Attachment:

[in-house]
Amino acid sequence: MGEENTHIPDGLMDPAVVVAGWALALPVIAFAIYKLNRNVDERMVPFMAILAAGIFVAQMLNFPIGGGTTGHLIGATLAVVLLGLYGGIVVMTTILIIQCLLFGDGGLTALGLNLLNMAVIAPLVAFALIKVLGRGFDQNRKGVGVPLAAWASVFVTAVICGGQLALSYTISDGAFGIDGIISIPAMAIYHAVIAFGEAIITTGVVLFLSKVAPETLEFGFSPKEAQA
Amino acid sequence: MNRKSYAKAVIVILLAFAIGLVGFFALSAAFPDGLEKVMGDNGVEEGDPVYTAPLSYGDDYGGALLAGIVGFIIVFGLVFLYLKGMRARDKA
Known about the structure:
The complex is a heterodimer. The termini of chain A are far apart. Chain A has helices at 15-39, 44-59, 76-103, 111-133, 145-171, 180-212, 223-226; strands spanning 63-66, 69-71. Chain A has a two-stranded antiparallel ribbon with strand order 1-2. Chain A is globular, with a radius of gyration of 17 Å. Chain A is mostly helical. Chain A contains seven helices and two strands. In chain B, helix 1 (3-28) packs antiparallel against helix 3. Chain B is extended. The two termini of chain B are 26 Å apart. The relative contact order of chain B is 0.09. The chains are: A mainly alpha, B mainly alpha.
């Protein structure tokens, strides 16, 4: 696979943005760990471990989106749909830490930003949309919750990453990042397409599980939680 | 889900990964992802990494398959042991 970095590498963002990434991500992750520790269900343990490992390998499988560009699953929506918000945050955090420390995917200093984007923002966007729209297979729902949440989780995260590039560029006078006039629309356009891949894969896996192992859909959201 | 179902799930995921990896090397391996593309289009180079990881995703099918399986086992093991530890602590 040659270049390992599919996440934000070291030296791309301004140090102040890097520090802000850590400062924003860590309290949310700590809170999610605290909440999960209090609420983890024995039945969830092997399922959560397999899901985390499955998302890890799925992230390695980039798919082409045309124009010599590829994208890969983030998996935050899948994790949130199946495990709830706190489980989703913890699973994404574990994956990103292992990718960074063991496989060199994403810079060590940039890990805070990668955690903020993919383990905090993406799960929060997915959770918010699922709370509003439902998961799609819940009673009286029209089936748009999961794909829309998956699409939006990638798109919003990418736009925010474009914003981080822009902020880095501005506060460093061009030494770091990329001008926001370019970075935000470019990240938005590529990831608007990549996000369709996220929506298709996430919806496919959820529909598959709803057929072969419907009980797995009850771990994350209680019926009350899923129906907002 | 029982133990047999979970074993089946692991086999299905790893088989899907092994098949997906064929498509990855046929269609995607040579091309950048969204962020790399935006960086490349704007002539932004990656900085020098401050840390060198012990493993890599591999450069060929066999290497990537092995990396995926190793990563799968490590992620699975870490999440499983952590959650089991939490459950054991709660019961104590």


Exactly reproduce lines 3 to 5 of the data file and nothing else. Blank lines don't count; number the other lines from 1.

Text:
Amino acid sequence: MNRKSYAKAVIVILLAFAIGLVGFFALSAAFPDGLEKVMGDNGVEEGDPVYTAPLSYGDDYGGALLAGIVGFIIVFGLVFLYLKGMRARDKA
Known about the structure:
The complex is a heterodimer. The termini of chain A are far apart. Chain A has helices at 15-39, 44-59, 76-103, 111-133, 145-171, 180-212, 223-226; strands spanning 63-66, 69-71. Chain A has a two-stranded antiparallel ribbon with strand order 1-2. Chain A is globular, with a radius of gyration of 17 Å. Chain A is mostly helical. Chain A contains seven helices and two strands. In chain B, helix 1 (3-28) packs antiparallel against helix 3. Chain B is extended. The two termini of chain B are 26 Å apart. The relative contact order of chain B is 0.09. The chains are: A mainly alpha, B mainly alpha.